A new poll carried out by Serco’s Environmental Services business and its research partner Future Thinking in the UK has found that millennials are the least likely age group to recycle.

Surveying more than 3,000 members of the general public, the poll showed only 49% of people aged between 16 and 34 years would recycle all they can, indicating a drop of 8% year-on-year.

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The results additionally revealed that 70% of 35-54 year olds, 83% 55-74 year olds and 81% aged more than 75 are willing to recycle.

“We need to find new and compelling ways to explain why recycling is so important.”

When analysed across all age groups, a decrease of 3% was observed compared to last year, as only 68% of residents said that they recycle all they can.

Serco Environmental Services business executive Robin Davies said: “It’s clear that the industry needs to do more to get millennials engaged in the benefits of recycling.

“With so much competition for young people’s time and attention, we need to find new and compelling ways to explain why recycling is so important, making it fresh and relevant for the social media generation.”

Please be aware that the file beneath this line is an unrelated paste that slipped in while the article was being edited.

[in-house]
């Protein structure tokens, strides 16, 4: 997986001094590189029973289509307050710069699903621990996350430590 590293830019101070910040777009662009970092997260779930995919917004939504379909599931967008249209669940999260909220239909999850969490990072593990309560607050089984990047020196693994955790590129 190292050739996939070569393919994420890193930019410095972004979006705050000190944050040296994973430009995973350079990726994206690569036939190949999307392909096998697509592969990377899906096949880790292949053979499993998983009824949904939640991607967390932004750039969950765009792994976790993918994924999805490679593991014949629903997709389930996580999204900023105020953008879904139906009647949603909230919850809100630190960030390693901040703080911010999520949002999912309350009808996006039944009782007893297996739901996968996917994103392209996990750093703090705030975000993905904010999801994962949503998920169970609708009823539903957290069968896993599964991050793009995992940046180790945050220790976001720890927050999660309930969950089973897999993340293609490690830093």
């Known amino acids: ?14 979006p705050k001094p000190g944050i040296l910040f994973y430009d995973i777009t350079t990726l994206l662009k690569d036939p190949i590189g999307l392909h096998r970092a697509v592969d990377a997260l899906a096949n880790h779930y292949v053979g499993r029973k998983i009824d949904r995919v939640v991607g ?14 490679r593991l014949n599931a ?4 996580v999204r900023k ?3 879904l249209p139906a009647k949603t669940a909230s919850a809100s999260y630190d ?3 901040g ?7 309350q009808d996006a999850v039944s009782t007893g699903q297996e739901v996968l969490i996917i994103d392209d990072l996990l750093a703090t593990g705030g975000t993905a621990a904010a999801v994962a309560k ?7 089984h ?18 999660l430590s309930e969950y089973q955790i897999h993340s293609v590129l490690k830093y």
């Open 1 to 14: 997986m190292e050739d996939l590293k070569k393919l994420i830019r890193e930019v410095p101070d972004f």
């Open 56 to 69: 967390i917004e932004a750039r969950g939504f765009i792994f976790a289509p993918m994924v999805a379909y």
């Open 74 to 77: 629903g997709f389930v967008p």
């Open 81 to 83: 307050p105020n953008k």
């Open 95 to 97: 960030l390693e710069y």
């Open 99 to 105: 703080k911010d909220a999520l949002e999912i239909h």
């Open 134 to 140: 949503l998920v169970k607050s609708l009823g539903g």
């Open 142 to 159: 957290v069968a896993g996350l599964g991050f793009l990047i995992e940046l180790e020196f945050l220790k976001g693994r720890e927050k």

According to the poll, the most common reasons given by the millennials for not recycling were confusion, need for more frequent recycling collections and no availability of bins or bags.

The levels of recycling also varied by geographical location with Scotland residents being the most likely to recycle all they can (80%), followed by Wales (75%).

People living in London were found to be the least likely (54%) to recycle.

Future Thinking associate director Claire Tyrell-Williams said: “The results of this poll go against the received wisdom that young people are more interested in green issues than older generations.

“The challenge for the industry is to overcome the key barriers that prevent people from changing their behaviour and adopting recycling habits.”